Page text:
Over time, there has been a change in attitude in LO's position on EMU, and the report is characterised by this development. Much space is devoted to countering a number of claims from the EMU sceptics, such as the claim that the public sector will face heavy cuts in order to meet the economic targets for EMU, as has been the case in Belgium. According to the report, the EMU stability and growth pact has no effect on the size of the public sector, and the size of the public expenditure or revenue is not part of the EMU criteria. Another claim made by the sceptics is that increased economic integration in the EU will result in a sharp fall in wages and incomes, because the countries with the lowest incomes will pull the overall level downwards. On the contrary, states the report, it will be the poorest countries that will approach the EU average and not the rich countries that will adjust downwards towards the countries with lower wage levels. In other words, Danish workers do not have to fear "wage dumping" associated with Denmark joining EMU - a point which which LO president Hans Jensen stressed in connection with the publication of the report. He personally recommended that Denmark join EMU and pointed out four areas in which he claimed Denmark would lose influence by being outside EMU: the interest-rate policy of the European Central Bank (Den Europæiske Centralbank, ECB); the EU's employment policy; the dialogue between the members of the ECB; and, not least, any future European coordination of collective agreements.

Towards a European model?

According to LO's analysis, EMU may have an effect on the whole Danish collective bargaining system - the "Danish model" - which recently celebrated its 100th anniversary (DK9908140F). Indeed, LO's analysis contains the conclusion that the implementation of EMU could force labour movements in the EU Member States to coordinate both their collective bargaining demands and the bargaining rounds themselves. It must also be expected that, at the European level, framework agreements may be entered into between the social partners, the details of which will subsequently be filled in at national level.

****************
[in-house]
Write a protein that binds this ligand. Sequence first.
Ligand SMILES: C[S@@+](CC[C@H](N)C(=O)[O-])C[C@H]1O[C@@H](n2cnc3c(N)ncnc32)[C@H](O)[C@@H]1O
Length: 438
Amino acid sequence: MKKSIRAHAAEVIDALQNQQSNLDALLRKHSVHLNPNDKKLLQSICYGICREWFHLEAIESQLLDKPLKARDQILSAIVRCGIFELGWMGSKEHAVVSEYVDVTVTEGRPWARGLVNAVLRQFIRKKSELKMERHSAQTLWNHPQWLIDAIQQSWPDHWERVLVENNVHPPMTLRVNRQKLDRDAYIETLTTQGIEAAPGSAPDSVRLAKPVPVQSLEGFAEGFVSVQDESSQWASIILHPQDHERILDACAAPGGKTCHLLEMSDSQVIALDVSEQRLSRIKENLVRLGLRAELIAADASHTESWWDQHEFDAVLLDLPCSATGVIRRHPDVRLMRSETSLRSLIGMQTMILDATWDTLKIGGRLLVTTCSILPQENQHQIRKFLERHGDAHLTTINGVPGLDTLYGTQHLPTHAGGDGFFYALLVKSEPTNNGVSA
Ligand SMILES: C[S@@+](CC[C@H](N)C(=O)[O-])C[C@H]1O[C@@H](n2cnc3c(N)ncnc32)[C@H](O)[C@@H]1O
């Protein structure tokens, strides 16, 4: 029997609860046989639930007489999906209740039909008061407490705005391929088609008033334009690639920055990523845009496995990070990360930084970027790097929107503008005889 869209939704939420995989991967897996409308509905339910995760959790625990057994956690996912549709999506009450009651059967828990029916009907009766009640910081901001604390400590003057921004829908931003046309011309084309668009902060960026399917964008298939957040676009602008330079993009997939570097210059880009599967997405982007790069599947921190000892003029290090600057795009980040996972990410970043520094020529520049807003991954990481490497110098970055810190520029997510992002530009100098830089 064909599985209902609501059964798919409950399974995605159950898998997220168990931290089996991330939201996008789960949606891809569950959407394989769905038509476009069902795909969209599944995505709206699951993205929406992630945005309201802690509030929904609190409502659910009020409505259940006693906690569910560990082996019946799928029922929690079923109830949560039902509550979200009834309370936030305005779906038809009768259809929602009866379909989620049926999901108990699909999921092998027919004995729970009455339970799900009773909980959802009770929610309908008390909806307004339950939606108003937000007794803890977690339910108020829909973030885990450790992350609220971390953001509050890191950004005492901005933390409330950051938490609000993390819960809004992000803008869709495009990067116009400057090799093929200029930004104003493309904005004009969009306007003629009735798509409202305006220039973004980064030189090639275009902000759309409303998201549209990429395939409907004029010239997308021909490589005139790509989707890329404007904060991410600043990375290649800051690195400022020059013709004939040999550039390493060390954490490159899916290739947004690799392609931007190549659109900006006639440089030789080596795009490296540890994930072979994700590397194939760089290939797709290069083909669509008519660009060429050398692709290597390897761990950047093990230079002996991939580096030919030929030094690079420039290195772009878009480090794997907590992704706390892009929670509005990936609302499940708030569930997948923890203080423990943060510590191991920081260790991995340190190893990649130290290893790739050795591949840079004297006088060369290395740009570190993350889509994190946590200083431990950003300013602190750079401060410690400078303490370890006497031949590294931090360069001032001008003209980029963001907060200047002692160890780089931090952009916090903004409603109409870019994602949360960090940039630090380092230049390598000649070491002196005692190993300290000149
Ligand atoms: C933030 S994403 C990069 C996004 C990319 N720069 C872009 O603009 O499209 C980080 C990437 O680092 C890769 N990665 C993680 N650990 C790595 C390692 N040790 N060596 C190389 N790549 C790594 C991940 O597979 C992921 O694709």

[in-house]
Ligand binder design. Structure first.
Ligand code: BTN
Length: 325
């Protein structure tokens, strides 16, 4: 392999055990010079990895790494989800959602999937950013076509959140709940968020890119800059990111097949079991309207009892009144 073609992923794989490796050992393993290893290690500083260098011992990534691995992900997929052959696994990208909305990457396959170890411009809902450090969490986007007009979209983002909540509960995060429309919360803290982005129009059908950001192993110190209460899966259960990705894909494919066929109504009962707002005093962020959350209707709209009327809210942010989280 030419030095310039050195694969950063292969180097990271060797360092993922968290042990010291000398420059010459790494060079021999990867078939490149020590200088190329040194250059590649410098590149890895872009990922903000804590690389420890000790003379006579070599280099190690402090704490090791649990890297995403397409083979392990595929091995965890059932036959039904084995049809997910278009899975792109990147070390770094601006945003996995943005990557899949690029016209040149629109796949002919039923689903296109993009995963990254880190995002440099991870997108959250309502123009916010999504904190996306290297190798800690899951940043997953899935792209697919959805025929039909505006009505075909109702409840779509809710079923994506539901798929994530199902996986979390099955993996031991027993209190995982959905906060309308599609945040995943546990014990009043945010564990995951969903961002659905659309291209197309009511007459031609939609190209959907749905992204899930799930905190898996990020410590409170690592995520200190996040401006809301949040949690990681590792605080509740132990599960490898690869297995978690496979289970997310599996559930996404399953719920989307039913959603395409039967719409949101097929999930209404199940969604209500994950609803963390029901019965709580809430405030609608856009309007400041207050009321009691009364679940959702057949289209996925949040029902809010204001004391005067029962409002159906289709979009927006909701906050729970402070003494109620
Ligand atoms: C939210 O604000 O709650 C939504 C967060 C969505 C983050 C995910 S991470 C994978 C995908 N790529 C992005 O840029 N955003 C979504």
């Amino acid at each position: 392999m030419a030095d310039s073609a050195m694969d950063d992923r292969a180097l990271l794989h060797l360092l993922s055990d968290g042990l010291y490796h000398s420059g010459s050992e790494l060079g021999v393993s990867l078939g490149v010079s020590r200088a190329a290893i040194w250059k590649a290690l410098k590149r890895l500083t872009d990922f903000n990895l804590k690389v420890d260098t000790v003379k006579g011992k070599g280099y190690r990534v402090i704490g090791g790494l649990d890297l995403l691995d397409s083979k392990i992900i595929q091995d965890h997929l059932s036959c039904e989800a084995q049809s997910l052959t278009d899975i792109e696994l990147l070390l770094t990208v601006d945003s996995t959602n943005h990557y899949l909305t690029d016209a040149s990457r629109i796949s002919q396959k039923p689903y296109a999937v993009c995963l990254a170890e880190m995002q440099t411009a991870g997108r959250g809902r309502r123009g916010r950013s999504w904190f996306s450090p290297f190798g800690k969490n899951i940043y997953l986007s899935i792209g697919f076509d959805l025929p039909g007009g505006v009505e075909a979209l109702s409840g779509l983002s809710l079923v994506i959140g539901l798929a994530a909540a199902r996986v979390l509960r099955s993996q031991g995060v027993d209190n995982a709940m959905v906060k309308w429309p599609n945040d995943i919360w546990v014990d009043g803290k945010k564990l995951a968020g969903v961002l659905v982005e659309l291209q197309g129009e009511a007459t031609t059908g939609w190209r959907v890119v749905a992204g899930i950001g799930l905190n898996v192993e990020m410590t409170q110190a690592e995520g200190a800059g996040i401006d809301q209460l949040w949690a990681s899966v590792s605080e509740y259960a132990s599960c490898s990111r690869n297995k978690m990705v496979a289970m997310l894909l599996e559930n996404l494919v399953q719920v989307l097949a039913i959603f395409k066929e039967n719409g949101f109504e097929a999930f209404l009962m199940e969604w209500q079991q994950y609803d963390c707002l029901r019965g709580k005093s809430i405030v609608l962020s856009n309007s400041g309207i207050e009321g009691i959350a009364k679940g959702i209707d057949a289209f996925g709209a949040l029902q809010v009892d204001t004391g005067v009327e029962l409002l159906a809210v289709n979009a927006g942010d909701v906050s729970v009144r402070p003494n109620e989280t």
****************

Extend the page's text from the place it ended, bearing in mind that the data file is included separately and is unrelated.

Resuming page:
The summary of the report's analysis states the following: "The focus on the framework for collective agreements which we are already seeing in neighbouring countries will no doubt be intensified after the establishment of EMU where the differences in wages and prices between the countries will inevitably be highlighted. Therefore, there may be increased cooperation on the coordination of collective agreement demands and bargaining. In the short term, there is a prospect of increased focus on the social dialogue which was contained in the Amsterdam Treaty. In the long term, the dialogue may develop into a forum in which the parties of the labour market will pass a minimum code which will lay down the framework for the European labour market." The analysis subsequently concludes that the efforts at harmonisation will, however, affect workers in Denmark to only a limited extent, as the provisions of collective agreements are far better on the Danish labour market.

However, there can be no doubt that a "sacred cow" is being slaughtered. Central sources in the labour movement have stated to the Mandag Morgen political weekly newsletter that even hardcore EMU supporters find it hard to face the fact that a "yes" to integration could mean a surrender of sovereignty. Integration is like nuclear power, writes Mandag Morgen- it is OK as far as it goes, as long as it is not too close to one's own back yard.